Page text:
There is a lot of talk about how Kerry and Obama want this deal as part of their “legacy,” and the usual assumption is that this is about wanting awards and peace prizes, that it’s about accolades and ego trips. But there is another kind of legacy leaders seek, a far more important kind: the legacy of changing a whole process, changing the terms of the debate, and doing so in a way that programs their preferred policies into the system, making any alternative impossible.
This is the way in which President Obama is pursuing his legacy on global warming regulations. He knows that once the EPA establishes its new rules for power plants and adopts its long-term fantasy plan for an economy based on renewable energy, this will become the starting point for all future discussion. Any attempt by the next president to change it will face resistance from the EPA bureaucracy, who will seek to defend the established status quo.
From this perspective, we can see why John Kerry’s statement on Iran is so important. The point of the Iran deal is to put America in the position of being the bad guy who needs to be reined in, the rogue nation, the dishonest deal-breaker, the one who will be blamed if the deal falls apart and who will be responsible for every bad consequence that follows.
We’re the ones who are assumed to “not negotiate in good faith,” and who will “set in motion a series of inevitables about what would happen with respect to Iranian behavior.” Isn’t that last part great? We will be responsible for “Iranian behavior.” This is a regime motivated by a fanatical, totalitarian ideology, for which they have imprisoned, tortured, and killed their own citizens; they’re one of the world’s leading state sponsors of terror, from Lebanon to Gaza to Iraq and even all the way to Argentina; they routinely issue genocidal threats against Israel, and they’re practically running Bashar Assad’s brutal war of extermination in Syria. But no, no, no. If Congress doesn’t vote for a deal that accomplishes nothing, then we will be responsible for everything that happens from here on out.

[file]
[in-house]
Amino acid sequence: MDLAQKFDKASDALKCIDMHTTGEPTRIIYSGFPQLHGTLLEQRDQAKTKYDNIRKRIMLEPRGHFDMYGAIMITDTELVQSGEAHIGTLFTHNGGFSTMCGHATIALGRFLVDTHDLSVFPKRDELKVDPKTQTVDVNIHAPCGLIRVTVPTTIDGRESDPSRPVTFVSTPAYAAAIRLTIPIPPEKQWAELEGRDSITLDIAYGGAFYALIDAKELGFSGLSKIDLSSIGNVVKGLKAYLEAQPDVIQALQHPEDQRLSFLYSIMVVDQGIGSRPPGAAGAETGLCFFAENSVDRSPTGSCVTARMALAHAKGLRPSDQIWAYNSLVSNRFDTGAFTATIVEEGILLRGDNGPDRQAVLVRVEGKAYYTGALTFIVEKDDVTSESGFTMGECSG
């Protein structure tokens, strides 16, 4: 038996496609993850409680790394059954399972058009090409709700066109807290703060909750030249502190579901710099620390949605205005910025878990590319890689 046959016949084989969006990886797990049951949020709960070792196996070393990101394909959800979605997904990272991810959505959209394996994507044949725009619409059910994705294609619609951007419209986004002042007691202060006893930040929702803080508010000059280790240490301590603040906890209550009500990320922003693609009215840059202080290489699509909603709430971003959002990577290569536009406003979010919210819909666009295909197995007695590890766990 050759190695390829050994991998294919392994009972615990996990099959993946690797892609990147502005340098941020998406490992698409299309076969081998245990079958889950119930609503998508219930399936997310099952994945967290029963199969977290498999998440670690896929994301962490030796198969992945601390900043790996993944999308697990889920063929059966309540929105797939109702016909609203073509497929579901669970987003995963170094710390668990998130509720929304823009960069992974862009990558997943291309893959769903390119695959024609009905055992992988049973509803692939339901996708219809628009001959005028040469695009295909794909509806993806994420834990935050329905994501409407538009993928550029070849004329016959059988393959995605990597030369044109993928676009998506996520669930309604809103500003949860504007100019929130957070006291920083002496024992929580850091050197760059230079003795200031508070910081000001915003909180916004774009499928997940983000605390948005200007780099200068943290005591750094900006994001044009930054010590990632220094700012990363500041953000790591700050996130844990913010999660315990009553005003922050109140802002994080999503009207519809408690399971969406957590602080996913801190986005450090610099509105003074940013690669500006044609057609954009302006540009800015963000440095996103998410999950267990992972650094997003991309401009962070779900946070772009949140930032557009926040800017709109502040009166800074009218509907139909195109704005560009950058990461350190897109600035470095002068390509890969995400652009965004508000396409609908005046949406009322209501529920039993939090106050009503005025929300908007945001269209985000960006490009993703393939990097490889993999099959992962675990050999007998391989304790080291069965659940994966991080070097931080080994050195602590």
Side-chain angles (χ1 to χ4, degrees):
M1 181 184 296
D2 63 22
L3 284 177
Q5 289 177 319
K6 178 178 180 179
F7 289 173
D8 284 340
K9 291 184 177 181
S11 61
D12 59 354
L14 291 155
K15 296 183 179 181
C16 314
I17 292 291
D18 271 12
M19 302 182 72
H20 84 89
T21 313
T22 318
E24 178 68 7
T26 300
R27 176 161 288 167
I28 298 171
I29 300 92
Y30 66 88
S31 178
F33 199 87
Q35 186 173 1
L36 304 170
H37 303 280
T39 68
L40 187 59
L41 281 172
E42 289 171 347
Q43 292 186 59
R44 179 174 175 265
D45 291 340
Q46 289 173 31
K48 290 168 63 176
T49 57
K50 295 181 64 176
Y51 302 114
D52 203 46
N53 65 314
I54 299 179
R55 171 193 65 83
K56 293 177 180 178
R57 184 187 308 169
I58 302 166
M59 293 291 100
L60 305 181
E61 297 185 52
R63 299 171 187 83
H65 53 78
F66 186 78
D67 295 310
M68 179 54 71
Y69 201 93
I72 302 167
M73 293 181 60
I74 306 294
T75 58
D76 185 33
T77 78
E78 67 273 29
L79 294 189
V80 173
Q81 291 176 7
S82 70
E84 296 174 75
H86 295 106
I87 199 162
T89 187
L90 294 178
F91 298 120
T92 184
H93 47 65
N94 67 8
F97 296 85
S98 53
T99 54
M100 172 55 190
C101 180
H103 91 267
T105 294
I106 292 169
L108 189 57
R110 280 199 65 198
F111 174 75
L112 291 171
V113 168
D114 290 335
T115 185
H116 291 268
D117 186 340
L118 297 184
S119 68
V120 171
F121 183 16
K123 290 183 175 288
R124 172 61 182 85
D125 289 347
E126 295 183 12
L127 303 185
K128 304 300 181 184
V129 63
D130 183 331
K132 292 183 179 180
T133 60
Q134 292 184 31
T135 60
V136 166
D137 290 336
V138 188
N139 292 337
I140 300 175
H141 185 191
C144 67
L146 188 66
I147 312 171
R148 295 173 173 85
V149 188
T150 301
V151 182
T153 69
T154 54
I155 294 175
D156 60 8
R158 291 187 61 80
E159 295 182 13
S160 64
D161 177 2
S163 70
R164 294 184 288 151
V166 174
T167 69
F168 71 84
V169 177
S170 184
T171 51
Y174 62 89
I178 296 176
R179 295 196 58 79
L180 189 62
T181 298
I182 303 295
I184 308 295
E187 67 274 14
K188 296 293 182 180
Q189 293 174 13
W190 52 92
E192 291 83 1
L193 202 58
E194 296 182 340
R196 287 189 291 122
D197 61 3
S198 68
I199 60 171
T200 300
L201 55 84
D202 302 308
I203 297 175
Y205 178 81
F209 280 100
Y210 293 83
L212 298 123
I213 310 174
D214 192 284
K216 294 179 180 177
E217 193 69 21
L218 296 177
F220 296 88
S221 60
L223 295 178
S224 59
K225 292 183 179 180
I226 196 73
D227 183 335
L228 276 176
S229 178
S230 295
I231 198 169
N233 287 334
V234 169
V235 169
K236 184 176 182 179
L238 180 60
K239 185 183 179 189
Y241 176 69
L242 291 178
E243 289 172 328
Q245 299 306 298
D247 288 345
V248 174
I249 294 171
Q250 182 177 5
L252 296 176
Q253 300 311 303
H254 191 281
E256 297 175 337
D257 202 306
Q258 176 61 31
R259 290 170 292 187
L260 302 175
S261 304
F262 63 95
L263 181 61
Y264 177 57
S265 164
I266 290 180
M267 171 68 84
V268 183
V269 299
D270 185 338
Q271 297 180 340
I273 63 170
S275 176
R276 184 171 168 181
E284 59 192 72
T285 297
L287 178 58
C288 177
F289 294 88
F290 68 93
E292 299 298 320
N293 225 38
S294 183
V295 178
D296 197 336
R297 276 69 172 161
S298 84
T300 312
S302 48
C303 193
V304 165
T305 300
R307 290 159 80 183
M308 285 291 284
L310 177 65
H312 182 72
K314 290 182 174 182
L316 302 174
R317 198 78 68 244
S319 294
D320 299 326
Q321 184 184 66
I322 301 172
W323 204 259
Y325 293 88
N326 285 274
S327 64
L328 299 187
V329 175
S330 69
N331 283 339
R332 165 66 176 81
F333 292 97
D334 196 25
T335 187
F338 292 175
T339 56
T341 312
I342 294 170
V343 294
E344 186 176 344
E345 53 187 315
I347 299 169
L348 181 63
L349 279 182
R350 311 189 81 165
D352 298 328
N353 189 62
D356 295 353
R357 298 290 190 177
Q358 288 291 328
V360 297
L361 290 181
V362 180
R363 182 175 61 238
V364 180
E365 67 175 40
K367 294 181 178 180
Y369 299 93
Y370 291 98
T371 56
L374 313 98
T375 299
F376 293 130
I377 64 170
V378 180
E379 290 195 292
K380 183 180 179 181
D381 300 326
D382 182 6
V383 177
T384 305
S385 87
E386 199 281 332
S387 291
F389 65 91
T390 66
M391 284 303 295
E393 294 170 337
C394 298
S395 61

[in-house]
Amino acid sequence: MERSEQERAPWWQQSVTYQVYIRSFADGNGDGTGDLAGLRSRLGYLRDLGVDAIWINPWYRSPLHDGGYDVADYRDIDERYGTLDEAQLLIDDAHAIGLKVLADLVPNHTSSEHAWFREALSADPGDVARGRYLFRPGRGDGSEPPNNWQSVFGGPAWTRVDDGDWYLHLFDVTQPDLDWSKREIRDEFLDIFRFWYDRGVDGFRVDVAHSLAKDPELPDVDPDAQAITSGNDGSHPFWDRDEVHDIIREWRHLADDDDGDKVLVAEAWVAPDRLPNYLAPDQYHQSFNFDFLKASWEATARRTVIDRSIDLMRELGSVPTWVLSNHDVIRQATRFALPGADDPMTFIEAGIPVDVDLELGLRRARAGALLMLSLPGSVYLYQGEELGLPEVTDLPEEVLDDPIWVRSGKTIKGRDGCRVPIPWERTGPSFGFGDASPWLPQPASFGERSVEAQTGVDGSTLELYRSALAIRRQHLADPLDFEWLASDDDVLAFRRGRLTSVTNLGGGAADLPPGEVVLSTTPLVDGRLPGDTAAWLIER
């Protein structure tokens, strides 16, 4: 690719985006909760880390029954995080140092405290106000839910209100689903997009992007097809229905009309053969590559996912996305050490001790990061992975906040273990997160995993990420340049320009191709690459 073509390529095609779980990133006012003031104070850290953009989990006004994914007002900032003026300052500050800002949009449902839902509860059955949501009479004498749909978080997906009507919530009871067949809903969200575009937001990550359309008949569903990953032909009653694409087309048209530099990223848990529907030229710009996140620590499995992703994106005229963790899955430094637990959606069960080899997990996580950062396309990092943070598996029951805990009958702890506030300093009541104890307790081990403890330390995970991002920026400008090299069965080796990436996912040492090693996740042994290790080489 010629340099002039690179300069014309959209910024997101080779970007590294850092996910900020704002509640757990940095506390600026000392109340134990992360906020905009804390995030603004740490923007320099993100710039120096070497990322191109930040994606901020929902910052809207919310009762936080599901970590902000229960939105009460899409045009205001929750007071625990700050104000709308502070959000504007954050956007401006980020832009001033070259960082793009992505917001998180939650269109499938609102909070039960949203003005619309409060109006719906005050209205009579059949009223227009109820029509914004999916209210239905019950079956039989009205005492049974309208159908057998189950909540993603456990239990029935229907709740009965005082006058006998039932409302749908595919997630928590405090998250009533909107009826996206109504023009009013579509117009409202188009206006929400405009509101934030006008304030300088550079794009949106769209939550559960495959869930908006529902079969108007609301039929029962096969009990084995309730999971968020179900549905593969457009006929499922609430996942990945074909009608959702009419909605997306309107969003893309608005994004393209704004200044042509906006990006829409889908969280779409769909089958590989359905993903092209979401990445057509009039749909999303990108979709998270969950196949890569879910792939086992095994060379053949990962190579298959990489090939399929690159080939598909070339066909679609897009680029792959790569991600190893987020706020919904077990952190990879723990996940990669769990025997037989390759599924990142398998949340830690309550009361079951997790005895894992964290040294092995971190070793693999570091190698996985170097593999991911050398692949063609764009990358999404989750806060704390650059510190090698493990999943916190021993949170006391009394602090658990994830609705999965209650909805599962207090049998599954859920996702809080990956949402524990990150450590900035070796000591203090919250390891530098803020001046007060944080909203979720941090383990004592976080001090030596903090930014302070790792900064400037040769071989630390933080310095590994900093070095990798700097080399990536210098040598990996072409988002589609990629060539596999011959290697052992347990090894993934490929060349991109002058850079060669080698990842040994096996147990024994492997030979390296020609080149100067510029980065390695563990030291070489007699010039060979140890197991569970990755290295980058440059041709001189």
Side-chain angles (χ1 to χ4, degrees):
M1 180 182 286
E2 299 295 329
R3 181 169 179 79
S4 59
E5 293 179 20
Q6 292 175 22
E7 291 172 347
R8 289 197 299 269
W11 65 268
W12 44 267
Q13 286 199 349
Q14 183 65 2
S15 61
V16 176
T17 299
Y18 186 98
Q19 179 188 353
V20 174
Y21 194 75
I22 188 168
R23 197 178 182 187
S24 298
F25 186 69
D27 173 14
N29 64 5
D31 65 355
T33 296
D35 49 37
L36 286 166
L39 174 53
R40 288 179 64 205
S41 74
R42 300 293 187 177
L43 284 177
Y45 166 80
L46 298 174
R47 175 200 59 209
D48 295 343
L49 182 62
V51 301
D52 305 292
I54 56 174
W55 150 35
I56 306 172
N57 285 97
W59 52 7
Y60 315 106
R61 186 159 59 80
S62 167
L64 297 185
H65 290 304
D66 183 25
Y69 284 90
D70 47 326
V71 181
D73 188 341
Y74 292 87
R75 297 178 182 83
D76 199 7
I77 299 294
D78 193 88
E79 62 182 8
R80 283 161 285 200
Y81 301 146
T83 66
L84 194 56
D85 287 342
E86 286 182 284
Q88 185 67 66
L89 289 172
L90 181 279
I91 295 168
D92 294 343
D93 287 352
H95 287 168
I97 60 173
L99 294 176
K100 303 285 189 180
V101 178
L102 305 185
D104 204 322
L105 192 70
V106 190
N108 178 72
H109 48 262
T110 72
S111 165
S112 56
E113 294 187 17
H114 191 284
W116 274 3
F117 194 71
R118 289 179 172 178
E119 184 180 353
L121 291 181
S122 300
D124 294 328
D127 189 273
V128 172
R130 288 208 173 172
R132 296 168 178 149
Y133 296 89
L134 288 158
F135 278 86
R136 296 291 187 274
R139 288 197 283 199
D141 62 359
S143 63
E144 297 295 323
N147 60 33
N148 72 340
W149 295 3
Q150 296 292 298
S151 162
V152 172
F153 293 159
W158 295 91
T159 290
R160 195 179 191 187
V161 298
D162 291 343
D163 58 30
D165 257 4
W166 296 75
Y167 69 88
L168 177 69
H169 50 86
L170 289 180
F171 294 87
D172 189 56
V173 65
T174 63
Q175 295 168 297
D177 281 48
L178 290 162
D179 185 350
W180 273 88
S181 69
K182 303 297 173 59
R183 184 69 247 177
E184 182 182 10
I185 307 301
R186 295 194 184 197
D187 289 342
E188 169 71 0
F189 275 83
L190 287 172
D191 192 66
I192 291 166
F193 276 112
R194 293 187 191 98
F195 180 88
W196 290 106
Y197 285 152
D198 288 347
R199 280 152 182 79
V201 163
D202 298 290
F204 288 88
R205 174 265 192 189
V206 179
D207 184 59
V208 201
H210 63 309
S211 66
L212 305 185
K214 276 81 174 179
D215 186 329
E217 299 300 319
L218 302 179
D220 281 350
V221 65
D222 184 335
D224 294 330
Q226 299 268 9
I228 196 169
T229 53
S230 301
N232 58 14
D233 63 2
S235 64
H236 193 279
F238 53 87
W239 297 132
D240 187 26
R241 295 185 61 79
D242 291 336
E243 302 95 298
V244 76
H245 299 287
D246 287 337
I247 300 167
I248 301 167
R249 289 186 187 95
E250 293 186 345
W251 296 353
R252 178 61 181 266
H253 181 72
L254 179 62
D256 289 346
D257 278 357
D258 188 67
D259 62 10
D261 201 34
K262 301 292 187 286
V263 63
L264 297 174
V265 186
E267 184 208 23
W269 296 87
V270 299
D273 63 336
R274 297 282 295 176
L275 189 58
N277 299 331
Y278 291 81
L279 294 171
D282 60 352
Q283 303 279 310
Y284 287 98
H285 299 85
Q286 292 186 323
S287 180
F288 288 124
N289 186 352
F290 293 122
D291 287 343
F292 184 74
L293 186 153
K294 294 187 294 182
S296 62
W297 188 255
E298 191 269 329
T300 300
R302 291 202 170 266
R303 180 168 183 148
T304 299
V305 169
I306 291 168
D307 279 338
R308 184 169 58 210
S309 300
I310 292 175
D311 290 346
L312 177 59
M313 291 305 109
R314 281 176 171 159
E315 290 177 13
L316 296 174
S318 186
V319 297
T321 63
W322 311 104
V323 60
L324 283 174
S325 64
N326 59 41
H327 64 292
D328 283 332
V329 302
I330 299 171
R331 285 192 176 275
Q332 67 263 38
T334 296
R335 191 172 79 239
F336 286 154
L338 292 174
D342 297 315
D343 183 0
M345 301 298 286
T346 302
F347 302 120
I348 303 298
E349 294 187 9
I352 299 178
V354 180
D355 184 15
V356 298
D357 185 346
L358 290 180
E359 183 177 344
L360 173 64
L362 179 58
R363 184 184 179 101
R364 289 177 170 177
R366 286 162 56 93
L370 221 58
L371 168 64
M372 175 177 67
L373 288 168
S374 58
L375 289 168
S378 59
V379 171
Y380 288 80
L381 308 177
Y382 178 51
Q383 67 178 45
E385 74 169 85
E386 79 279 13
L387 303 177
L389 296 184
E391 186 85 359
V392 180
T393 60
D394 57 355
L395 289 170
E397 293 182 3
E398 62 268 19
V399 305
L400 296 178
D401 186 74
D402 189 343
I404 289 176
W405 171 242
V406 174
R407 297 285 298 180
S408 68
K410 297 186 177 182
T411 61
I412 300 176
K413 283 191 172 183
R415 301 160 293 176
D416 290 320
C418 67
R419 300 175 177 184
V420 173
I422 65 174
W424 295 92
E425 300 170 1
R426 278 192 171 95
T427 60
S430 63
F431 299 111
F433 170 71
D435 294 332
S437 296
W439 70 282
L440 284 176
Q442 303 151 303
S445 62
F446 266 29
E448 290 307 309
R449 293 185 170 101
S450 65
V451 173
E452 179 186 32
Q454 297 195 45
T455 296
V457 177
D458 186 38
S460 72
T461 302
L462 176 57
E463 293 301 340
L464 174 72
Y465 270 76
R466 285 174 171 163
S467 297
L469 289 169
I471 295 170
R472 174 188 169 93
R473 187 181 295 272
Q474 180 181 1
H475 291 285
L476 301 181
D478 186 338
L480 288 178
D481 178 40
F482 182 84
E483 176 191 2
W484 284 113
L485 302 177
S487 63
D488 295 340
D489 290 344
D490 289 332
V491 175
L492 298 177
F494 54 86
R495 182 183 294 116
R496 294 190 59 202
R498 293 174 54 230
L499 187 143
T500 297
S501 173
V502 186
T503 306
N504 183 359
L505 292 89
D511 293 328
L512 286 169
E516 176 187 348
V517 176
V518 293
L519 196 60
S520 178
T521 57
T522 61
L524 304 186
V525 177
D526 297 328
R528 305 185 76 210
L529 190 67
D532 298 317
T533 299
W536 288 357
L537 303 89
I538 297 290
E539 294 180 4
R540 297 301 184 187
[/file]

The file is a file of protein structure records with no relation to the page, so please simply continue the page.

It’s an insolent inversion of reality, of course, but it’s consistent with the worldview from which Kerry and President Obama emerged. Kerry is the man who launched his career by accusing his fellow veterans of war crimes in Vietnam, as if we were the oppressors and mass-murderers in Southeast Asia, rather than the totalitarian Communists. And notice that in his speech defending the Iran deal on Wednesday, President Obama began by reciting a selective, myopic history of the region that basically blamed all of the problems in the Middle East on George W. Bush’s decision to invade Iraq. He went on to offer an idiosyncratic history of the Cold War in which the most important and admirable component of American strategy was our willingness to negotiate arms control treaties. And he closed by accusing all opponents of the deal of recklessly setting the Middle East on the path to war. So the root of all foreign policy problems is America’s own tendency toward warlike belligerence, which is what we must suppress in order to reassure our opponents.
No wonder he thinks that we’re the ones who have to prove our good faith while the Iranians can go on chanting “Death to America” and don’t have to give up anything to prove how serious they are about reining in their aggression. That is the worldview he’s seeking to establish—across the board, in ways that go far beyond this agreement—as his legacy in foreign policy.